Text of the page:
The continued witch hunt and scapegoating at just the symptoms of the credit bubble and not the disease comes in the context of a market that was very overbought and was due for any excuse to take a rest. To quantify, the RSI in the S&P 500 went 6 weeks straight above 65 for the first time since 1986. With that said, the open ended nature of future lawsuits and the greater possibility of tighter scrutiny of our banking system will have an impact on the financials and their future earnings power. As important for the global economy and its markets is the correction going on in China in response to further steps to crack down on their property bubble. The Shanghai index fell 4.8% after banks were told to halt loans for 3rd home buyers (investors) in cities with large price gains and to tighten the criteria for sales to non residents. Commodities are also down in response. Greek bond yields are breaking out to the highest since 1998.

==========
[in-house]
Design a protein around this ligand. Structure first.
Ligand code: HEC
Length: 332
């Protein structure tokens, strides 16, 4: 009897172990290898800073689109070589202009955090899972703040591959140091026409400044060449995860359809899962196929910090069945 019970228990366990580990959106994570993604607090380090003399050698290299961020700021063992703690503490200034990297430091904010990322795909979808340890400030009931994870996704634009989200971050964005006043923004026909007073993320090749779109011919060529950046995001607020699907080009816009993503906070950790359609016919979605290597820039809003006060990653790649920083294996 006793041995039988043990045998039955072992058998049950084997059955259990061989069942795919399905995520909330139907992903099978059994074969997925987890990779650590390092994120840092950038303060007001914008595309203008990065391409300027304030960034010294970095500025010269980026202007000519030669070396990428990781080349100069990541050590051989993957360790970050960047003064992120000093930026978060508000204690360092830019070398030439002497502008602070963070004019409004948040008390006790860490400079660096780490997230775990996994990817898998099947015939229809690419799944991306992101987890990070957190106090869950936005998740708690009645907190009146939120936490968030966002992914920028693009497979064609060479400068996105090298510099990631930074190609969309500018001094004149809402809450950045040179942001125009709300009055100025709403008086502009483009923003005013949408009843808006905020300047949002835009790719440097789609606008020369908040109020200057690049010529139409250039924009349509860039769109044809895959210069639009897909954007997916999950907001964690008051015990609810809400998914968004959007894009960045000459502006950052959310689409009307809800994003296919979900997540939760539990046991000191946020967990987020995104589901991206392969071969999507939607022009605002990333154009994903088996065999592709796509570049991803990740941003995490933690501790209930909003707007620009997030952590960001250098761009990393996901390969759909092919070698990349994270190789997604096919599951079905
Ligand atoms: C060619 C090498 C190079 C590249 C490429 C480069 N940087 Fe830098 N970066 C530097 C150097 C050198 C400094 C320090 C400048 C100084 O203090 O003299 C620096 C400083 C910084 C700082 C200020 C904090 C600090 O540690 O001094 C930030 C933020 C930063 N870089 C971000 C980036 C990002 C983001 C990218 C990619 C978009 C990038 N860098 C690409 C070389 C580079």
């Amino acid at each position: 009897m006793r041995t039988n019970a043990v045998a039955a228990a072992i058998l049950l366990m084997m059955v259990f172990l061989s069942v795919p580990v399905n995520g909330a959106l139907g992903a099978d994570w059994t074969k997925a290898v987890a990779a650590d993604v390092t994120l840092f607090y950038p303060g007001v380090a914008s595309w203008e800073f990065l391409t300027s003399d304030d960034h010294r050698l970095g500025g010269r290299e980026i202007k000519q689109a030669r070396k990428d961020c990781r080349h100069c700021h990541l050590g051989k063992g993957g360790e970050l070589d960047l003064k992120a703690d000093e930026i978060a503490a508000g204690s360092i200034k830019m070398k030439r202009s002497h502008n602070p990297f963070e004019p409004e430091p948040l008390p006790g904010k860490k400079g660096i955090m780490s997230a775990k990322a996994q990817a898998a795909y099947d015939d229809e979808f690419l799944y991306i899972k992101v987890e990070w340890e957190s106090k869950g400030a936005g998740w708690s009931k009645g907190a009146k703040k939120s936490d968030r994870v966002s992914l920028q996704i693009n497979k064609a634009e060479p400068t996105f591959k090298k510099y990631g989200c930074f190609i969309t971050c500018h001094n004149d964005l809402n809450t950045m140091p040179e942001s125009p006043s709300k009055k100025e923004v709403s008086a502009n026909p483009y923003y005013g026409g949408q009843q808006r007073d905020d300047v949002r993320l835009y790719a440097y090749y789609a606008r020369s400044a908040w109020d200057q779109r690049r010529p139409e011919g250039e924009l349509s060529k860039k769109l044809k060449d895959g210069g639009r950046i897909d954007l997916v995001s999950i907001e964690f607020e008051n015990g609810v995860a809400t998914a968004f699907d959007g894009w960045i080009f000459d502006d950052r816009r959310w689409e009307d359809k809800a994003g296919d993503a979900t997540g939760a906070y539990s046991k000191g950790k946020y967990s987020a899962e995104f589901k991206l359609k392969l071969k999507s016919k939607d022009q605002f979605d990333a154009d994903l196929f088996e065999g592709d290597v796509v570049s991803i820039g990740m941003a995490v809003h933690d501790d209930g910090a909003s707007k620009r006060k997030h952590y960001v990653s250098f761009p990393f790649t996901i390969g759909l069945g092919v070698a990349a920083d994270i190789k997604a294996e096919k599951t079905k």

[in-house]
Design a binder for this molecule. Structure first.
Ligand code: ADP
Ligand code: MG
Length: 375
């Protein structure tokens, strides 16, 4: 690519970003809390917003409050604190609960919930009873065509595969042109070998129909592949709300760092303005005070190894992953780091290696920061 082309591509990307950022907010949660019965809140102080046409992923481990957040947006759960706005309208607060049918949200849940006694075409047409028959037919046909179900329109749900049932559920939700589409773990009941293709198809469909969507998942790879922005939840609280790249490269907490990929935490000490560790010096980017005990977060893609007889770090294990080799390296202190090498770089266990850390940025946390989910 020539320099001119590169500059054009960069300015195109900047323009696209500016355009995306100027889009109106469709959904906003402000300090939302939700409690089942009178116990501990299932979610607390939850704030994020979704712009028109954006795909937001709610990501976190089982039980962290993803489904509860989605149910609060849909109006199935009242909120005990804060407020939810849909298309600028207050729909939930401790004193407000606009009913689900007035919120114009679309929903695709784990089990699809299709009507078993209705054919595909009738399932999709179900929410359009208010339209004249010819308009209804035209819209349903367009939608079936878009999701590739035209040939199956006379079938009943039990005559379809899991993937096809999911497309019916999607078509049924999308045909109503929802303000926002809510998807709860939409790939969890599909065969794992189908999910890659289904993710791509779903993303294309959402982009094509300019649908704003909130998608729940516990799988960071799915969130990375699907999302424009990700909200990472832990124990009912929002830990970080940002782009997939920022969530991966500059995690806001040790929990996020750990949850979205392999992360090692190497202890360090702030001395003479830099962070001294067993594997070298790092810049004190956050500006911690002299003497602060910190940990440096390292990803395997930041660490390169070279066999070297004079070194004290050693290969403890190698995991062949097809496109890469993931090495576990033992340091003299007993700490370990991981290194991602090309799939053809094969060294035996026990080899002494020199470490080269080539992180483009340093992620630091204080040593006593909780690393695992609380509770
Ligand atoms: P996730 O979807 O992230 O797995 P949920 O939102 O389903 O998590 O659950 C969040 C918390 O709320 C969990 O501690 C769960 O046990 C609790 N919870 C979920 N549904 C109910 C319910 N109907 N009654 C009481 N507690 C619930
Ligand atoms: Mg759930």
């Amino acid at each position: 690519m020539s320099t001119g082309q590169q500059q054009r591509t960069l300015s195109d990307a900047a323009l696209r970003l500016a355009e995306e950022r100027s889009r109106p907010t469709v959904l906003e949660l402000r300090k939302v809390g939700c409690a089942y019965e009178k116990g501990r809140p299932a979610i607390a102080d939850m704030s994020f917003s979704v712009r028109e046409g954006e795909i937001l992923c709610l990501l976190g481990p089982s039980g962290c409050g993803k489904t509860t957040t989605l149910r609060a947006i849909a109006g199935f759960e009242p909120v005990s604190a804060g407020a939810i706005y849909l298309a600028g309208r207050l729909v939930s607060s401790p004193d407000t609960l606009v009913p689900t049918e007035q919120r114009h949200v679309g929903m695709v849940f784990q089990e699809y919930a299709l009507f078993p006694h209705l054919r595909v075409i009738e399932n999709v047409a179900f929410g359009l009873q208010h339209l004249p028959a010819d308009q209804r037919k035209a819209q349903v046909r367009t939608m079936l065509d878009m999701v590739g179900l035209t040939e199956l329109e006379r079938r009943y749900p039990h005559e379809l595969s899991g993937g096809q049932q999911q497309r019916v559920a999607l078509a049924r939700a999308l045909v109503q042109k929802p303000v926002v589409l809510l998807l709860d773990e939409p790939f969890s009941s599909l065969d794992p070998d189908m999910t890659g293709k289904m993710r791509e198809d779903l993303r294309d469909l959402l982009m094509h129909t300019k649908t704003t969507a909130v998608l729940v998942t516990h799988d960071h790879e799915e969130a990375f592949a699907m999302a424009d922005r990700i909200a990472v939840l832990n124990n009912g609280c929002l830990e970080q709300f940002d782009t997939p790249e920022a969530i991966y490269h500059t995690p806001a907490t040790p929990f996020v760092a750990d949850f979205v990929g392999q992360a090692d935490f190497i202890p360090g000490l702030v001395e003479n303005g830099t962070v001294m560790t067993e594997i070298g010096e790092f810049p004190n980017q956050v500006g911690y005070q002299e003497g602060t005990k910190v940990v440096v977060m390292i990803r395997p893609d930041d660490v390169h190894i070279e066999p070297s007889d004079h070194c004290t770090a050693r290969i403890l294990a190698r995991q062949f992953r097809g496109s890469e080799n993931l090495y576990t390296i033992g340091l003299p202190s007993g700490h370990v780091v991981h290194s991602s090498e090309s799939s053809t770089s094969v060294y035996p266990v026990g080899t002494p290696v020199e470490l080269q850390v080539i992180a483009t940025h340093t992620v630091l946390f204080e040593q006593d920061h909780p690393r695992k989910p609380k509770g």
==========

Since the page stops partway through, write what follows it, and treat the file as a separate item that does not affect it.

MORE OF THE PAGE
Category: MacroNotes

Please use the comments to demonstrate your own ignorance, unfamiliarity with empirical data and lack of respect for scientific knowledge. Be sure to create straw men and argue against things I have neither said nor implied. If you could repeat previously discredited memes or steer the conversation into irrelevant, off topic discussions, it would be appreciated. Lastly, kindly forgo all civility in your discourse . . . you are, after all, anonymous.

One Response to “Witch hunt/China/Greece”

  1. postman says:

    Will these problems cause a run to the dollar with a drop in commodities and T-bond yields? Or will the US economy and the dollar be so suspect as to induce a flight from bonds and more purchases of gold? Obviously, inflation/deflation expectations figure in here. A most interesting issue, for which I certainly have no definitive conclusion.